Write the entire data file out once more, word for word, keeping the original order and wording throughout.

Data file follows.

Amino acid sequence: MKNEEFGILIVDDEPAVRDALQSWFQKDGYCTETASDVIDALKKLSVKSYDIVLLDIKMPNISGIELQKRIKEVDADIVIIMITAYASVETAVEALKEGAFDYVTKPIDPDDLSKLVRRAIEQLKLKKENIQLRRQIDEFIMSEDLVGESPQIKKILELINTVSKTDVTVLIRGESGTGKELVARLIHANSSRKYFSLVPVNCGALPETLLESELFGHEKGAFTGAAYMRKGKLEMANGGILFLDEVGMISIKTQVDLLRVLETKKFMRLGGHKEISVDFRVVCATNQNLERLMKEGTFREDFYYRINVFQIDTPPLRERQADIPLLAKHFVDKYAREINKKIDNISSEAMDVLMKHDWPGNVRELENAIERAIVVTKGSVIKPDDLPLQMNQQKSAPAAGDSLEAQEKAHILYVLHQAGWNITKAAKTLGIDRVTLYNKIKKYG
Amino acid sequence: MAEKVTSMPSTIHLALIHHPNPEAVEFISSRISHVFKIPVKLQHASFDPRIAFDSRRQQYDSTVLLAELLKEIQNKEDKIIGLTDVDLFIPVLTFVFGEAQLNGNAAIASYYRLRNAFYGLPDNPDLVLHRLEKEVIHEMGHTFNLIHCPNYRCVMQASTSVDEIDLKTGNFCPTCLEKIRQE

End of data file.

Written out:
Amino acid sequence: MKNEEFGILIVDDEPAVRDALQSWFQKDGYCTETASDVIDALKKLSVKSYDIVLLDIKMPNISGIELQKRIKEVDADIVIIMITAYASVETAVEALKEGAFDYVTKPIDPDDLSKLVRRAIEQLKLKKENIQLRRQIDEFIMSEDLVGESPQIKKILELINTVSKTDVTVLIRGESGTGKELVARLIHANSSRKYFSLVPVNCGALPETLLESELFGHEKGAFTGAAYMRKGKLEMANGGILFLDEVGMISIKTQVDLLRVLETKKFMRLGGHKEISVDFRVVCATNQNLERLMKEGTFREDFYYRINVFQIDTPPLRERQADIPLLAKHFVDKYAREINKKIDNISSEAMDVLMKHDWPGNVRELENAIERAIVVTKGSVIKPDDLPLQMNQQKSAPAAGDSLEAQEKAHILYVLHQAGWNITKAAKTLGIDRVTLYNKIKKYG
Amino acid sequence: MAEKVTSMPSTIHLALIHHPNPEAVEFISSRISHVFKIPVKLQHASFDPRIAFDSRRQQYDSTVLLAELLKEIQNKEDKIIGLTDVDLFIPVLTFVFGEAQLNGNAAIASYYRLRNAFYGLPDNPDLVLHRLEKEVIHEMGHTFNLIHCPNYRCVMQASTSVDEIDLKTGNFCPTCLEKIRQE